On a completely unrelated note, another lamentable user has posted an incredibly unhelpful and quite inept comment with the classic moronic use of the rolleyes icon. :rolleyes:
  18. angelwatt Moderator emeritus


    Aug 16, 2005
    And I should believe you because ...?

    And as I said earlier, your answer is easily found by searching. People have been discussing this for years now. Do you really think you were the first to think about it? With your attitude and the inability to know if you're looking into this for legitimate reasons, telling you that the answers are easily found is all I'm willing to help with. If you can't take the time to search then you're not worth helping.
  19. Edot macrumors 6502

    Jan 29, 2002
    Why aren't you using the Migration Assistant application?

    I think people are suspicious because you are using an unorthodox method of transferring files/applications to another computer. Not to mention your thread title and your focus on the licensing aspect of this procedure and not the procedure in itself. Most software licensing measures don't go so far as locking a piece of software to a specific machine or prevent you from running multiple copies on the same network, but some do. If you are simply upgrading to a new Mac and want to move your software to the new machine, I wouldn't think you would have a licensing problem, but you may want to check with the vendor. The question is why are you using Time Machine to move the files?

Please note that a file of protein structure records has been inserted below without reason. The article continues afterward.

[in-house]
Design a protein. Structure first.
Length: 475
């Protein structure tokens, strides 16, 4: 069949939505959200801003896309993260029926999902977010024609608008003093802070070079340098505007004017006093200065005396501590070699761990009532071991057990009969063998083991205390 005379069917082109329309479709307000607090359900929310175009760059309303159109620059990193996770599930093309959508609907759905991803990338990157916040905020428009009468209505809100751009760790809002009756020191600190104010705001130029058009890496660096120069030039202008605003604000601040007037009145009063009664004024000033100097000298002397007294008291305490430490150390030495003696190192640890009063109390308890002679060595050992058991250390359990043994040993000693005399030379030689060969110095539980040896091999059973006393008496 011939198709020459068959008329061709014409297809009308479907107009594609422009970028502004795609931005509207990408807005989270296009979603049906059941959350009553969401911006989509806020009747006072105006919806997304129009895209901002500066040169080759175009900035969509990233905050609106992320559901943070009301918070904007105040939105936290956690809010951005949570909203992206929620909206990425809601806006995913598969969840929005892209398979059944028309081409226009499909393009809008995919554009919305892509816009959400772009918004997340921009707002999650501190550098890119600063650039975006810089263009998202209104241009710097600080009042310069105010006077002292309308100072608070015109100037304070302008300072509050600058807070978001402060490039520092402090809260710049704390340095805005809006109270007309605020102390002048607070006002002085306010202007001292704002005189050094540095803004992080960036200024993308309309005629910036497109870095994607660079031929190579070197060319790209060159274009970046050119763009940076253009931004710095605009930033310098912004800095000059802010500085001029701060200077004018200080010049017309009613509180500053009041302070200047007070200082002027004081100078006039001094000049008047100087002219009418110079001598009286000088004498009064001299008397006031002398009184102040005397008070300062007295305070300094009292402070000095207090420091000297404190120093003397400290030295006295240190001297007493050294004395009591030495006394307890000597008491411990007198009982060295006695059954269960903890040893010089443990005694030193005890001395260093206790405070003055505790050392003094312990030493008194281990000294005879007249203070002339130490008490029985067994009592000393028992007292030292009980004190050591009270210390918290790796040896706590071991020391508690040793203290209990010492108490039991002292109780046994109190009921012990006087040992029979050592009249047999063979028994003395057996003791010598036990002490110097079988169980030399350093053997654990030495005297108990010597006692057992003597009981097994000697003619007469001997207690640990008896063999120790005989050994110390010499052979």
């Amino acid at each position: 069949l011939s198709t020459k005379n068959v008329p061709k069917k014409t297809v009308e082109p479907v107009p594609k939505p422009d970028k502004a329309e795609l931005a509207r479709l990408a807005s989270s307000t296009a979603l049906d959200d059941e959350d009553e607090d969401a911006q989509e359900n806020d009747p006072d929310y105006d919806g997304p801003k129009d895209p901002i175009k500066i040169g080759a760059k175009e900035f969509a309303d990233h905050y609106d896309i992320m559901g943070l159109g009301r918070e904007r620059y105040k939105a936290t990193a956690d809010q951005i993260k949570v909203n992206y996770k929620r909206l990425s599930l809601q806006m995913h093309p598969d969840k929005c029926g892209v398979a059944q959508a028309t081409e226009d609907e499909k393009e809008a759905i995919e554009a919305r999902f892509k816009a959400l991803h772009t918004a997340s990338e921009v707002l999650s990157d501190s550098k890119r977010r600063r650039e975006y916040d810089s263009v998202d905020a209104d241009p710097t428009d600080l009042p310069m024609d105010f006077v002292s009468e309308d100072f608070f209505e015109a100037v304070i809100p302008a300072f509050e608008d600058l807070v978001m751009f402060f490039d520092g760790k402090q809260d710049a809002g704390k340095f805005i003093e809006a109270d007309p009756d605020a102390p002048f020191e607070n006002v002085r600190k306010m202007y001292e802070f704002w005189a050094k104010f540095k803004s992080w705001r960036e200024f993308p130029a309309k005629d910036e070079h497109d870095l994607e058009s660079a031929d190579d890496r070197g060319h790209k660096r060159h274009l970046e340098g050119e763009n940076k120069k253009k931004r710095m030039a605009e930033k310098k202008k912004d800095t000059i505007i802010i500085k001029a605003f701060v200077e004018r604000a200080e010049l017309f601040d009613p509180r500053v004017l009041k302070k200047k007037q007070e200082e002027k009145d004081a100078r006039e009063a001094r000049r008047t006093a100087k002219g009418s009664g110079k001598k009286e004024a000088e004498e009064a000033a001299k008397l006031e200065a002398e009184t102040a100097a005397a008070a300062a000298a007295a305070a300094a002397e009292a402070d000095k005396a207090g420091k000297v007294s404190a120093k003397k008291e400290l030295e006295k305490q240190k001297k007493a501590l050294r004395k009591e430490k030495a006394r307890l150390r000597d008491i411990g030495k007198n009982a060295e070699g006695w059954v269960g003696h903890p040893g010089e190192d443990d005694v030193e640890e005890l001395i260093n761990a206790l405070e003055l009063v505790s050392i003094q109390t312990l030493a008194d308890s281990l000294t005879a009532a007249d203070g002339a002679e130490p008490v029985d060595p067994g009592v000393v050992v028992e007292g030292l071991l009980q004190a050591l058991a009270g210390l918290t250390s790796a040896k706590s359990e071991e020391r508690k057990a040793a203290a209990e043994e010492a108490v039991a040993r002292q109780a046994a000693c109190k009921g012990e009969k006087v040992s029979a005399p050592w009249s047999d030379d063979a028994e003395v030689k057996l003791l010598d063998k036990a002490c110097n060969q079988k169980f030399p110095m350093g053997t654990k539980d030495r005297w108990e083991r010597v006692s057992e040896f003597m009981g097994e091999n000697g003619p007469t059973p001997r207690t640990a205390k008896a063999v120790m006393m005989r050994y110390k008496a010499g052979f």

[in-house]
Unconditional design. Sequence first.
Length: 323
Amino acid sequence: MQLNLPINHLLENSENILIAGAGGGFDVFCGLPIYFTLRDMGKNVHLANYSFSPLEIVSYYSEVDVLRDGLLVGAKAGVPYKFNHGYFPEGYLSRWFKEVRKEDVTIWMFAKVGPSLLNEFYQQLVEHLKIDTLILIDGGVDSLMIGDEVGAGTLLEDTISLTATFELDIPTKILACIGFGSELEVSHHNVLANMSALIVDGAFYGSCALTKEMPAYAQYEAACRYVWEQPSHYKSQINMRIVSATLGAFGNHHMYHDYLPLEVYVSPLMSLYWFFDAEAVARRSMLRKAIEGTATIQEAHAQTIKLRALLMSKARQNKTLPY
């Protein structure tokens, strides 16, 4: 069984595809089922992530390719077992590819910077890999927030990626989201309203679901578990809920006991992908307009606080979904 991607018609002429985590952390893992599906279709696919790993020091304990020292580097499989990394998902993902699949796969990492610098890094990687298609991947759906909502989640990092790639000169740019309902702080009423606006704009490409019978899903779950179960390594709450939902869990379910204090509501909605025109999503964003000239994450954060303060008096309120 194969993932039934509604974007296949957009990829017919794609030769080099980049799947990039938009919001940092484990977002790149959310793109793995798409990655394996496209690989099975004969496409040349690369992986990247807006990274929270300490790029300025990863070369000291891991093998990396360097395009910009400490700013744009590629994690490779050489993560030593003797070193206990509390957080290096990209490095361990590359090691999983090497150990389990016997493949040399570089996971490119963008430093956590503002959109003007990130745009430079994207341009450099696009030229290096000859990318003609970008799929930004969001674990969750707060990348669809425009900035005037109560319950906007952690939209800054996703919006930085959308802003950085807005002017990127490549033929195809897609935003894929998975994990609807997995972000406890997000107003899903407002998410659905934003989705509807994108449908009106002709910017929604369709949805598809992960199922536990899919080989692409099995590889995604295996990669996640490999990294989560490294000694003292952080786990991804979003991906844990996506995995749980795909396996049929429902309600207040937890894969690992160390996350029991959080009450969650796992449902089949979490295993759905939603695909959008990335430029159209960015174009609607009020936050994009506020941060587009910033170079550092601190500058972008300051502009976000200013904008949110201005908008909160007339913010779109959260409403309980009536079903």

20. Duncanreally macrumors member

    Feb 24, 2010
    As others have said, Migration Assistant is what you should use to migrate your apps, settings, and data from one mac to another. You can use MA to migrate from a Time Machine backup if you like. But don't "restore" a nice fresh mac with the TM backup from an old mac - you'll get all the old crap you don't want. Use MA to do it - it works really well, and just brings the stuff you want onto the new OS, and not the garbage from the old OS that you don't want.